After a few months of messing around with various mail solutions (iRedMail, hosting my own osx server, open bad mail server, citadel, Zohomail, etc) I have decided its just too much work and am going back to OS X. I have decided that instead of finding a better way to manage all the e-mail I receive that I am going to start aggressively reducing the number of emails I get. No more mailing lists, unsubscribing from all newsletters, etc. E-mail is just not an adequate way of communication any longer because it’s overwhelming. For all communications that occur regularly via email I am going to request we migrate the conversation to Skype chat or via one of the other messaging services (if necessary, encrypted with OTR).
Over the month of June, I received an average of 182 emails a day, I hope to get this to 20 or less over the coming months.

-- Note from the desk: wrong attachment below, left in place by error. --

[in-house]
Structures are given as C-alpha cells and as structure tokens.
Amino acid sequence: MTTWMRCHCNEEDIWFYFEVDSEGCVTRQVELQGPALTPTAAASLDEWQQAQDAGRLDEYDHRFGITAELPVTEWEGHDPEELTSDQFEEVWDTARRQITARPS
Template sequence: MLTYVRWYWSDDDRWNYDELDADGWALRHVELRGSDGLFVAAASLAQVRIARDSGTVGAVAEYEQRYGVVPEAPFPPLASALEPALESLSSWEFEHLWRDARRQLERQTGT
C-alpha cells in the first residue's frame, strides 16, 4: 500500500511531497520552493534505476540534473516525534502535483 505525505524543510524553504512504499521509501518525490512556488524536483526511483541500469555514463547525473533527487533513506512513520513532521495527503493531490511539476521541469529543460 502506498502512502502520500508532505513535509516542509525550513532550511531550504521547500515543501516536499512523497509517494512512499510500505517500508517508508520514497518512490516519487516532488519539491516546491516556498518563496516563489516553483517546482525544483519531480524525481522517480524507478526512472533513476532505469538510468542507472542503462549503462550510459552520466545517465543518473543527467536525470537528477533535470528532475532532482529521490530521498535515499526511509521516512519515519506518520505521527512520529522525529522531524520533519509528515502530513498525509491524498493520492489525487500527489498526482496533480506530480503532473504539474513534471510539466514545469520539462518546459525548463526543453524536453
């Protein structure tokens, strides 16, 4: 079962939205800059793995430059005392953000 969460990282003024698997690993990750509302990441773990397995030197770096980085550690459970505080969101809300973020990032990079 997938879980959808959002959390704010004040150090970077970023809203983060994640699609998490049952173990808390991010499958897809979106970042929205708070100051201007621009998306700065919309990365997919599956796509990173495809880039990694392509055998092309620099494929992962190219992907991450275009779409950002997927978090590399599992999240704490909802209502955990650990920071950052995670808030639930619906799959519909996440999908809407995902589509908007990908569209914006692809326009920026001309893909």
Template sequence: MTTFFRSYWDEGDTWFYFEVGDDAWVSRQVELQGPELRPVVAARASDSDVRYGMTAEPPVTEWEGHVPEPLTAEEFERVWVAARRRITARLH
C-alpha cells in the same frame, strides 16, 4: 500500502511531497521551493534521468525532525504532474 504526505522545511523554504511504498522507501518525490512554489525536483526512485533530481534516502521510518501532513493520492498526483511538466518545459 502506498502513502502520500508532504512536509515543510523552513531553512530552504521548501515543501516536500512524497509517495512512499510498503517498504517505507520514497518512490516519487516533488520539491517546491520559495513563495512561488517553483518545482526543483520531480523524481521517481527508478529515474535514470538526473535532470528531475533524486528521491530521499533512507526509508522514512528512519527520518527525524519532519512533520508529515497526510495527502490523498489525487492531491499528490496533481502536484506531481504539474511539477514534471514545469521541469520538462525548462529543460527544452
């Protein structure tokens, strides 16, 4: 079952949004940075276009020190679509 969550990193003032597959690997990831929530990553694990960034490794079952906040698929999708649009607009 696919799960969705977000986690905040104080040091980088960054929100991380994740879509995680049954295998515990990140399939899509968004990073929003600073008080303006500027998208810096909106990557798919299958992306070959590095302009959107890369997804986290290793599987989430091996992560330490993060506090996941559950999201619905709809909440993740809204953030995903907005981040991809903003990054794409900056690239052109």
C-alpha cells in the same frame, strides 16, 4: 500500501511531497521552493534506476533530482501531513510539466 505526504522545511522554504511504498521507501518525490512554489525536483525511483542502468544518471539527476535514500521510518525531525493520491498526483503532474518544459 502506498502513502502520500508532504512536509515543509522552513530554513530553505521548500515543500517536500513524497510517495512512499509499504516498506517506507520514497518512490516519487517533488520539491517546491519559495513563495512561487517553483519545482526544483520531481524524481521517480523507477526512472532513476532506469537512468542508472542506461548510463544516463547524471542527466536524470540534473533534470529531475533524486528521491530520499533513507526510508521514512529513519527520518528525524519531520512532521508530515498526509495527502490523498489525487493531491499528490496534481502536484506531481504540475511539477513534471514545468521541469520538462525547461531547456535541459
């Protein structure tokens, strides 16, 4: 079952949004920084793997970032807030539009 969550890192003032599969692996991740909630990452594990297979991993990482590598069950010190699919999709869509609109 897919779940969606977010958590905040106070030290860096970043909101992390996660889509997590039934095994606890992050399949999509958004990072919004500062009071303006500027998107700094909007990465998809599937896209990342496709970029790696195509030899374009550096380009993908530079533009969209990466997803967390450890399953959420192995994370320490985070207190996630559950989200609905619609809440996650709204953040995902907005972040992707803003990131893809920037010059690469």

I have now been using OS X Servers + iRedMail on an old mac mini I had kicking around to handle my e-mail services. So far so good.
Some key points:
- Unlike iCloud, unlimited server side email filters can be setup within iRedMail and these rules can be far more complex than iCloud allows.
- Push e-mail works on the inbox and inbox only.
- Contact, Calendar, and notes all sync without issue.
So far no issues whatsoever.
So for the past year or so I’ve been using iCloud’s mail as my primary email. I enjoy using iCloud.com’s server side mail filtering (so that I don’t have to have a computer running the mail app in order to ensure my mail is filtered), today I hit the limit of 99 mail rules.
Not sure what i’m going to do…Guess a home brew mail server solution may be in the works.
For 2014 I’ve decided that I’m going to be much more security conscious.
A couple years ago in search of better push support on iDevices (eg iPhone), I switched from my self-hosted exchange solution to iCloud for all my email. I now have all my email addresses forwarded to iCloud.
- E-mail is all stored (forever?) on Apple’s servers.
- The Spam filtering sucks.
- ‘Private’ e-mails are coming over iCloud and being archived with all my other mail (I archive my general mail).
- Host e-mail on self-hosted (mac mini) Apple OSX Server. (All current e-mail will be forwarded).